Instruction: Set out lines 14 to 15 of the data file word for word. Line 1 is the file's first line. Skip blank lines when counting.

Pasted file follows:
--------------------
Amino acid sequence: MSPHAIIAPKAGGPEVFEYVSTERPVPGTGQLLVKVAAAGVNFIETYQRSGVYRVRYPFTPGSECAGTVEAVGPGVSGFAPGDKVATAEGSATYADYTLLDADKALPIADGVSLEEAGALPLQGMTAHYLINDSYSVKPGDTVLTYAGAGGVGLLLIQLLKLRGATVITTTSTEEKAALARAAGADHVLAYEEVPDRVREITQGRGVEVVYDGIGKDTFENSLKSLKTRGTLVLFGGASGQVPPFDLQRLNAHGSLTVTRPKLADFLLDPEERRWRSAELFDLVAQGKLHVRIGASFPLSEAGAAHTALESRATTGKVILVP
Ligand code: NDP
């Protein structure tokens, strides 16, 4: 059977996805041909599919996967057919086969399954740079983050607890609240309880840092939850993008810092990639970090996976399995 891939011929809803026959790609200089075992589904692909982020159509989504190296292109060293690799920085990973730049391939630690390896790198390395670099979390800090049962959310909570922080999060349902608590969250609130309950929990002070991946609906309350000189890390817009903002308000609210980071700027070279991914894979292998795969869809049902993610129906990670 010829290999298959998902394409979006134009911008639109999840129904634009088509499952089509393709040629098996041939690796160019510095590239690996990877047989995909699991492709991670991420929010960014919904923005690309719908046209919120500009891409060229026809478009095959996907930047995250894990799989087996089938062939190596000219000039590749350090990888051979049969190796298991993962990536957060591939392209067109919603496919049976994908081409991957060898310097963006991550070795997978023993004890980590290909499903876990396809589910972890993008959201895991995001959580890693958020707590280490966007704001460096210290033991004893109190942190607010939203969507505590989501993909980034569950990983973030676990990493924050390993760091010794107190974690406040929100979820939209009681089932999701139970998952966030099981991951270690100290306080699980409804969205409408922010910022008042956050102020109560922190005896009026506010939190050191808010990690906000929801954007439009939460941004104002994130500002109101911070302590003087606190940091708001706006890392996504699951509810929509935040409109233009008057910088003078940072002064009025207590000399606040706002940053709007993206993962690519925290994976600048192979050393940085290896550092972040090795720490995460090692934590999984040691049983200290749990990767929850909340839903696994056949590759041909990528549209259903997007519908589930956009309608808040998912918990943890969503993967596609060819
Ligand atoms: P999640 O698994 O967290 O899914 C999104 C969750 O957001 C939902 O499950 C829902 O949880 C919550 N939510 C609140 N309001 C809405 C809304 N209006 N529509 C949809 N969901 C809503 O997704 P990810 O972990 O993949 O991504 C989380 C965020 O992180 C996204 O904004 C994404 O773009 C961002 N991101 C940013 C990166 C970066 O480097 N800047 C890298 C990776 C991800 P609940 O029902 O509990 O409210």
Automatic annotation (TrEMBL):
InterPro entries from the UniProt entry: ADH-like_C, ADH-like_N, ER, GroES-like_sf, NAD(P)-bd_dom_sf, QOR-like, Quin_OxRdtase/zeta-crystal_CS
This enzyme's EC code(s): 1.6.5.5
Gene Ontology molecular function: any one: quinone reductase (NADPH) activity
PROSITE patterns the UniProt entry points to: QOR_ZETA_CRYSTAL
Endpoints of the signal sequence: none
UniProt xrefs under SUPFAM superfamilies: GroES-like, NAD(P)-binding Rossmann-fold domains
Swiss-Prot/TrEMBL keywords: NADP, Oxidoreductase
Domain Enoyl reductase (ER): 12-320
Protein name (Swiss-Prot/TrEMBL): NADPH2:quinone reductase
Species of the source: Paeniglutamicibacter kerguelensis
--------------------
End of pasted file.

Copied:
Protein name (Swiss-Prot/TrEMBL): NADPH2:quinone reductase
Species of the source: Paeniglutamicibacter kerguelensis